A giant grows at Aongatete. It’s not a tree or a fern or a flower – it’s a moss. It is the Giant moss, the tallest moss in the world.
Mosses are usually short, like green carpet under the trees, but the Giant moss looks like a miniature forest of pine seedlings. Up to 50cm tall, a forest of Giant moss grows along the banks of the track near the Aongatete swimming hole.
The Giant moss only grows in New Zealand and its scientific name is Dawsonia superba, Dawsonia after an early moss expert and superba because they are so big.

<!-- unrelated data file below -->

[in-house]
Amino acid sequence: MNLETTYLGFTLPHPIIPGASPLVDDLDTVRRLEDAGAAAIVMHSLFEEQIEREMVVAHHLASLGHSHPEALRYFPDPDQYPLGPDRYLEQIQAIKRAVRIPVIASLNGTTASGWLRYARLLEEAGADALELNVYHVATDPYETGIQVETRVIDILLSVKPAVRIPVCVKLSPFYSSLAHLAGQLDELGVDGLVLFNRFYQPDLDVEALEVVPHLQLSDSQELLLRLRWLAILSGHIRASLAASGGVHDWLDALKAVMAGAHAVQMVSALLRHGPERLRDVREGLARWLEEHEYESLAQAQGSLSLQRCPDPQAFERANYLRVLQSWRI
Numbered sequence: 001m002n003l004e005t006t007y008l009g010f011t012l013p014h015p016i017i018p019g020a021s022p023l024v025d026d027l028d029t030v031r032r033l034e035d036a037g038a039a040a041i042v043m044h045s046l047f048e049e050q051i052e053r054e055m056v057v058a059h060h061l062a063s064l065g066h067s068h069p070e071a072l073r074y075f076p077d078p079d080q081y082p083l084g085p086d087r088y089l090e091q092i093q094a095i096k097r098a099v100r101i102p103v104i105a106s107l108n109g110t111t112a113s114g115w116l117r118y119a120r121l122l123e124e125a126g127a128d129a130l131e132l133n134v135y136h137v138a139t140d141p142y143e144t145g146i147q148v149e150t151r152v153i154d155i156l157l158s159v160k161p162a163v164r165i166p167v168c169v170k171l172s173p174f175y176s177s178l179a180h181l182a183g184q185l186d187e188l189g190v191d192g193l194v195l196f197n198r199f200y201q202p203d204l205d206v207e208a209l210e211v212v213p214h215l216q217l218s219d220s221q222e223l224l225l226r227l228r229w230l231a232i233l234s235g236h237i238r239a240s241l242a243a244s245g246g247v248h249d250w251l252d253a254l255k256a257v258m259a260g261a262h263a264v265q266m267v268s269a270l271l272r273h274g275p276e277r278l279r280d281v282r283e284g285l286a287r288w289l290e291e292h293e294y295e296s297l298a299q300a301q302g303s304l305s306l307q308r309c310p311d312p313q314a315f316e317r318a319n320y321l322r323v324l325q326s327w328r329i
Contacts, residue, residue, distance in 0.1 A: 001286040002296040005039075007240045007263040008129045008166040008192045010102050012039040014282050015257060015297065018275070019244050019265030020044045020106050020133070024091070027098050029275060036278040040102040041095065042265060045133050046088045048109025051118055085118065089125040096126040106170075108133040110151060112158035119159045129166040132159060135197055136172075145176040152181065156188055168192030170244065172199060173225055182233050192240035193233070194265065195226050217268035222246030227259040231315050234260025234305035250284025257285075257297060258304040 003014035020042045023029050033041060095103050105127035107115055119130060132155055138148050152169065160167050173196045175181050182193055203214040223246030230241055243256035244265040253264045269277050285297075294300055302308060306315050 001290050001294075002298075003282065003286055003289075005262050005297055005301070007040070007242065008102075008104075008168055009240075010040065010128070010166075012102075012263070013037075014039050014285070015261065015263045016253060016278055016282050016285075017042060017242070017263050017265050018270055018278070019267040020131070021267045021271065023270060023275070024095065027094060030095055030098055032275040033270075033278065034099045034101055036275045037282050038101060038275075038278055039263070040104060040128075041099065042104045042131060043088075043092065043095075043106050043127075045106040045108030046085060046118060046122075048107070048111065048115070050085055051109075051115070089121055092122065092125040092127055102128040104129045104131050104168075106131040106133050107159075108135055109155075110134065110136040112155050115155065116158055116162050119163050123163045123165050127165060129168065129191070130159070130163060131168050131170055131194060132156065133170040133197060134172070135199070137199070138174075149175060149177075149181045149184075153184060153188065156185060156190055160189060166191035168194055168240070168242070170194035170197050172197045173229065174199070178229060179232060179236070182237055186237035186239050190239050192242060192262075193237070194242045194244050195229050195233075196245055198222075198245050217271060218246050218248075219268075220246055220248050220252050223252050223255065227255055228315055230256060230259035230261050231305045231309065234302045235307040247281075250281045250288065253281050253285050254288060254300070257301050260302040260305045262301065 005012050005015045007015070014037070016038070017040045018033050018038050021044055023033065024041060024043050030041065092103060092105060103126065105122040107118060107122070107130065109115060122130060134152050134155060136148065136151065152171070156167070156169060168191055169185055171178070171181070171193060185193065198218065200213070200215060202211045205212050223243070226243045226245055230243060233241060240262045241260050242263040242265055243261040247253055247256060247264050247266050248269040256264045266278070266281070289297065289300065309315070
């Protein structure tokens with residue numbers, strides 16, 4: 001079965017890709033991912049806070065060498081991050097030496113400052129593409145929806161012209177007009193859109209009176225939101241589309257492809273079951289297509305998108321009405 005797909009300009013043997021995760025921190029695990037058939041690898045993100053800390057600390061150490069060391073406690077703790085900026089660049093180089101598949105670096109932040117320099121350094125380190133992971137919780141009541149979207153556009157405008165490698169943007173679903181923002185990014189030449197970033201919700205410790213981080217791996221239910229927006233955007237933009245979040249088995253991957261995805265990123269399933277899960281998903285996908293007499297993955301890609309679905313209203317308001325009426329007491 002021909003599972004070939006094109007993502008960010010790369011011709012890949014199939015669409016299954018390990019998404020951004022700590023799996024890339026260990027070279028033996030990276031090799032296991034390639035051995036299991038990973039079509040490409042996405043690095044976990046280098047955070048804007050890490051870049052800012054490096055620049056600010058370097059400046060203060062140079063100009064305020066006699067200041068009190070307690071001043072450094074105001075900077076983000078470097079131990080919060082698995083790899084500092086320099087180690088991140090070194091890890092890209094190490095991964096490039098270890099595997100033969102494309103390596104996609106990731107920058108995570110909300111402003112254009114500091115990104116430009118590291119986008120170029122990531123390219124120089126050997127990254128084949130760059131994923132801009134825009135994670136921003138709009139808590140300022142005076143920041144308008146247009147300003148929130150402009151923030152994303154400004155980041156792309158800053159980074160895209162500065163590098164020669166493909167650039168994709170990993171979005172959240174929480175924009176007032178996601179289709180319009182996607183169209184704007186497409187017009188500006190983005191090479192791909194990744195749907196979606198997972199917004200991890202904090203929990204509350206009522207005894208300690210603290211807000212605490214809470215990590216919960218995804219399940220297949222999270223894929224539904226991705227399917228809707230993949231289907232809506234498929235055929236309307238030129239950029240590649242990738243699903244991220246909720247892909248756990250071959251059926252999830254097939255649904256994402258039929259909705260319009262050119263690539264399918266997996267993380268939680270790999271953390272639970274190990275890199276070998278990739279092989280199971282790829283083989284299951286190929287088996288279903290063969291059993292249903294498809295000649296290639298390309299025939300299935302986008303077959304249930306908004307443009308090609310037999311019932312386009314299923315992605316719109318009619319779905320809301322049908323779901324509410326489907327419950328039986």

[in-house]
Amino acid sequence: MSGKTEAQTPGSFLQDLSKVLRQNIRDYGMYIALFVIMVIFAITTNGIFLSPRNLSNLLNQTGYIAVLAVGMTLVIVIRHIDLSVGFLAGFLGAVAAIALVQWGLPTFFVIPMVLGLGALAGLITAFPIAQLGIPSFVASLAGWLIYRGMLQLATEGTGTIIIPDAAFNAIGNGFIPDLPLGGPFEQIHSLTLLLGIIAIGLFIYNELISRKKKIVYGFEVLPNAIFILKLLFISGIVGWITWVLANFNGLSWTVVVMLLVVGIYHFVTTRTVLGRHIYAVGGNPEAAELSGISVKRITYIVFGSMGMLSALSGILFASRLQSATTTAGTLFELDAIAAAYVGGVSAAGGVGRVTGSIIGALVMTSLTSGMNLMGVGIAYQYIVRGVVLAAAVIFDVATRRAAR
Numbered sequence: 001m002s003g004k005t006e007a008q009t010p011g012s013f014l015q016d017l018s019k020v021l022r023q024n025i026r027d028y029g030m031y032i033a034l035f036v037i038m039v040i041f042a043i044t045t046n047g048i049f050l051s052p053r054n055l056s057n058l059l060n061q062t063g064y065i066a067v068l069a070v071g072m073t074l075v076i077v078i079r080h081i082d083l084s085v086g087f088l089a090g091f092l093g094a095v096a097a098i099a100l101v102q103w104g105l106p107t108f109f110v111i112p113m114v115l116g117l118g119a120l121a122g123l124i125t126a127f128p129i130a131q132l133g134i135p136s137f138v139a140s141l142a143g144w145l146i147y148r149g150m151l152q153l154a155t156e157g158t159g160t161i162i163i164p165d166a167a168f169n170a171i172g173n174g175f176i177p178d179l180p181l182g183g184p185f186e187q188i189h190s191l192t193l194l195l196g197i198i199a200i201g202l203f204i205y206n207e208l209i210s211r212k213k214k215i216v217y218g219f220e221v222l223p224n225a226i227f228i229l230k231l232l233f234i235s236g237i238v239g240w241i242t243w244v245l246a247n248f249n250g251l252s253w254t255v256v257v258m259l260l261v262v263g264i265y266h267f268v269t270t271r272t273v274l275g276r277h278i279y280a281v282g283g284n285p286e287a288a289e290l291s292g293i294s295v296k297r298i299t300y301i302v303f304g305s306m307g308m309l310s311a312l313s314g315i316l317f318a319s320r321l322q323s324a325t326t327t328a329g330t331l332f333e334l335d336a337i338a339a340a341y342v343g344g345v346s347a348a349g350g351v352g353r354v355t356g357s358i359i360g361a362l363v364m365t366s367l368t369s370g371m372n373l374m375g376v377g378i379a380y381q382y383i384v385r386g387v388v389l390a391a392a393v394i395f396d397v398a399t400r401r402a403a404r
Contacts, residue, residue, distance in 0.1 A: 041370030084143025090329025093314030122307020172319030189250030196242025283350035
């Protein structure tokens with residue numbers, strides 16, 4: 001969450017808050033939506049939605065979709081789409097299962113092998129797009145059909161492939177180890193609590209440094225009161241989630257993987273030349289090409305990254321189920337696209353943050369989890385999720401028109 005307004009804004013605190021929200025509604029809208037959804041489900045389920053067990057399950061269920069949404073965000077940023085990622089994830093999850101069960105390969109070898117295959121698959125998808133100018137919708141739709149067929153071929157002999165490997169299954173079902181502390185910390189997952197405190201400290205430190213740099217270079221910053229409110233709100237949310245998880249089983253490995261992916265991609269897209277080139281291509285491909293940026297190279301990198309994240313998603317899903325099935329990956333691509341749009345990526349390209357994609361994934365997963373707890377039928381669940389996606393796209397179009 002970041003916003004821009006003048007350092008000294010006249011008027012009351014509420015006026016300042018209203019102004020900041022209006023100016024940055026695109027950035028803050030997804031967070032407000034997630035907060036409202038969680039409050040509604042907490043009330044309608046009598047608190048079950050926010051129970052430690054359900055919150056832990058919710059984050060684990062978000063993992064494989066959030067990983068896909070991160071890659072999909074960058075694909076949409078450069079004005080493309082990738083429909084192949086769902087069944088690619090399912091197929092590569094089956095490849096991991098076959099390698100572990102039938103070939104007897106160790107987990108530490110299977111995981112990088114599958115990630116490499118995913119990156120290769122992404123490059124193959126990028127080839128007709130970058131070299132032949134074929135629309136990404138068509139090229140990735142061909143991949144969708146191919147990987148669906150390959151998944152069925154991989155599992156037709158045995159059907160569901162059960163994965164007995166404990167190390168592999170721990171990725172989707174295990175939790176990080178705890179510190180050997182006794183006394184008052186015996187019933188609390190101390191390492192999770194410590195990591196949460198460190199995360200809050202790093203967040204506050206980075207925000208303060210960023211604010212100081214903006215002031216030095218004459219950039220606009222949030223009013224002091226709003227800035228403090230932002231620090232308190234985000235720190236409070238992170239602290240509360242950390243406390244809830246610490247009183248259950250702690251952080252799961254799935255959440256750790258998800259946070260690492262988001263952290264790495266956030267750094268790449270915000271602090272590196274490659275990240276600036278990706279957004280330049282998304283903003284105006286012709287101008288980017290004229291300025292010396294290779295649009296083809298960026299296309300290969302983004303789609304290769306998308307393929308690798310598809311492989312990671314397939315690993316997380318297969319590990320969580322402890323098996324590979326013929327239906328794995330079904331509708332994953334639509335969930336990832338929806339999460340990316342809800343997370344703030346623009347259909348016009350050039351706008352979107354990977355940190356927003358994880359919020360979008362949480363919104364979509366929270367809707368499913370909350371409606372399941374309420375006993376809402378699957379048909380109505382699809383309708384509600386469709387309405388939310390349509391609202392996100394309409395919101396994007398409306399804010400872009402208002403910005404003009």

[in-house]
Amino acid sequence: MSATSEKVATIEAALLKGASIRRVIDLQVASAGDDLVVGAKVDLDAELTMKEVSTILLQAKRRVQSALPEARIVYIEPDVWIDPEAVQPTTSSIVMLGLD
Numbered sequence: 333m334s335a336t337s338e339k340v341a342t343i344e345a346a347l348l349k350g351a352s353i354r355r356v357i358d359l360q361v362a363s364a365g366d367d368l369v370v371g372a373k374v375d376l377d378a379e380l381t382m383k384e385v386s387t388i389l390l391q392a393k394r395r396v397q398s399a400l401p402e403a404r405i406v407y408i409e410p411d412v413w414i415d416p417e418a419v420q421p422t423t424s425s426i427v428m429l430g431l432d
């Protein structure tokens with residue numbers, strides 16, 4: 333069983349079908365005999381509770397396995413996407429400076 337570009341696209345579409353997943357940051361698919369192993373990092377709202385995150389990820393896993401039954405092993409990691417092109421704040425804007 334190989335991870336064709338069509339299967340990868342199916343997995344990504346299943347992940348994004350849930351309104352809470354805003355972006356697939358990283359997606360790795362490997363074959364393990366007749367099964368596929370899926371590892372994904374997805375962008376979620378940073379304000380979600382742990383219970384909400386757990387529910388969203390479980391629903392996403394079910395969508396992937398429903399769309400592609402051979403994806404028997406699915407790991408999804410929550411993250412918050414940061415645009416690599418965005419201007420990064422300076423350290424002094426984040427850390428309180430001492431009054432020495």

If you look closely you will see that some plants have slender stalks and heads. These are female plants and the head or capsule is full of spores. Other plants have frills up the stem. These are male plants.
Within each frill sperms are produced, to fertilise the female plant. A new frill grows every year.
Mosses have a very ancient lineage. Their ancestors are much, much older than trees or ferns or dinosaurs. They were amongst the first plants to grow on land. But because they rely for fertilisation on microscopic sperm swimming in rain drops, they cannot grow in dry places and they cannot grow very tall. That is what makes our Giant moss so extraordinary.
Maori noticed this special moss and they likened it to the whiskery face of the kakapo. They called it pahau-kakapo, ‘the moustache of the kakapo’. What a great name!